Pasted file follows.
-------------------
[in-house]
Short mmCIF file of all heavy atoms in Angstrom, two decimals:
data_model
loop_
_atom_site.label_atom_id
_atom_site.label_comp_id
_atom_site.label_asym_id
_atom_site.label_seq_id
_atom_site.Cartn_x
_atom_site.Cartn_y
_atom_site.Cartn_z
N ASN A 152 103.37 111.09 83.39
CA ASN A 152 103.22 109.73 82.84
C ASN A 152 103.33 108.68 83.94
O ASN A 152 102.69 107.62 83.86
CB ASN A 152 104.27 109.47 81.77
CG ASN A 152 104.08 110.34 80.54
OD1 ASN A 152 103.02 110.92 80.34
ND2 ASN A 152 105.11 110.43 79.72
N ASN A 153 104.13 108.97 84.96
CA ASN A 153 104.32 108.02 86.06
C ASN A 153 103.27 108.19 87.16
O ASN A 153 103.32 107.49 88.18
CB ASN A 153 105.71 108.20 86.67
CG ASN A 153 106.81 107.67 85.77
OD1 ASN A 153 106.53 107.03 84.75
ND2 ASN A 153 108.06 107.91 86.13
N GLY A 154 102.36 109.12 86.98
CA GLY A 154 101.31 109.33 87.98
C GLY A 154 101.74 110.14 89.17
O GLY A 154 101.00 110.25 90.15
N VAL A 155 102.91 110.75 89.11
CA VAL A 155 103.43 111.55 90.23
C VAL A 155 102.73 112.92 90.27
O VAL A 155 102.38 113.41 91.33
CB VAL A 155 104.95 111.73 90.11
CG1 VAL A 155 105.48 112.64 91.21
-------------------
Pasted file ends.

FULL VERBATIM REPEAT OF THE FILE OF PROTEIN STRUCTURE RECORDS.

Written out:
[in-house]
Short mmCIF file of all heavy atoms in Angstrom, two decimals:
data_model
loop_
_atom_site.label_atom_id
_atom_site.label_comp_id
_atom_site.label_asym_id
_atom_site.label_seq_id
_atom_site.Cartn_x
_atom_site.Cartn_y
_atom_site.Cartn_z
N ASN A 152 103.37 111.09 83.39
CA ASN A 152 103.22 109.73 82.84
C ASN A 152 103.33 108.68 83.94
O ASN A 152 102.69 107.62 83.86
CB ASN A 152 104.27 109.47 81.77
CG ASN A 152 104.08 110.34 80.54
OD1 ASN A 152 103.02 110.92 80.34
ND2 ASN A 152 105.11 110.43 79.72
N ASN A 153 104.13 108.97 84.96
CA ASN A 153 104.32 108.02 86.06
C ASN A 153 103.27 108.19 87.16
O ASN A 153 103.32 107.49 88.18
CB ASN A 153 105.71 108.20 86.67
CG ASN A 153 106.81 107.67 85.77
OD1 ASN A 153 106.53 107.03 84.75
ND2 ASN A 153 108.06 107.91 86.13
N GLY A 154 102.36 109.12 86.98
CA GLY A 154 101.31 109.33 87.98
C GLY A 154 101.74 110.14 89.17
O GLY A 154 101.00 110.25 90.15
N VAL A 155 102.91 110.75 89.11
CA VAL A 155 103.43 111.55 90.23
C VAL A 155 102.73 112.92 90.27
O VAL A 155 102.38 113.41 91.33
CB VAL A 155 104.95 111.73 90.11
CG1 VAL A 155 105.48 112.64 91.21